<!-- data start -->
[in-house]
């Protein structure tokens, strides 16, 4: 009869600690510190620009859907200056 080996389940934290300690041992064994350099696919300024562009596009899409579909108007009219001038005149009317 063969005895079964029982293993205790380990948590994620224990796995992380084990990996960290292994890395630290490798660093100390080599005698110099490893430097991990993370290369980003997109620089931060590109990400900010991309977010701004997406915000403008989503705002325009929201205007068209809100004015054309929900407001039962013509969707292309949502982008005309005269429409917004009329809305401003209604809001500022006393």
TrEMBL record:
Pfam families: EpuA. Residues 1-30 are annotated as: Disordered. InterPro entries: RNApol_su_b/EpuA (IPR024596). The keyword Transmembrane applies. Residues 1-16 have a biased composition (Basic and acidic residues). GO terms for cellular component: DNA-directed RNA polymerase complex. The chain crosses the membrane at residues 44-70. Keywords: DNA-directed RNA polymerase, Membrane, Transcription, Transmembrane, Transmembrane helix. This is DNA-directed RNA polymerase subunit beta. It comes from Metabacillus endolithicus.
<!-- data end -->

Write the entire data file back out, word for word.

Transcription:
[in-house]
């Protein structure tokens, strides 16, 4: 009869600690510190620009859907200056 080996389940934290300690041992064994350099696919300024562009596009899409579909108007009219001038005149009317 063969005895079964029982293993205790380990948590994620224990796995992380084990990996960290292994890395630290490798660093100390080599005698110099490893430097991990993370290369980003997109620089931060590109990400900010991309977010701004997406915000403008989503705002325009929201205007068209809100004015054309929900407001039962013509969707292309949502982008005309005269429409917004009329809305401003209604809001500022006393």
TrEMBL record:
Pfam families: EpuA. Residues 1-30 are annotated as: Disordered. InterPro entries: RNApol_su_b/EpuA (IPR024596). The keyword Transmembrane applies. Residues 1-16 have a biased composition (Basic and acidic residues). GO terms for cellular component: DNA-directed RNA polymerase complex. The chain crosses the membrane at residues 44-70. Keywords: DNA-directed RNA polymerase, Membrane, Transcription, Transmembrane, Transmembrane helix. This is DNA-directed RNA polymerase subunit beta. It comes from Metabacillus endolithicus.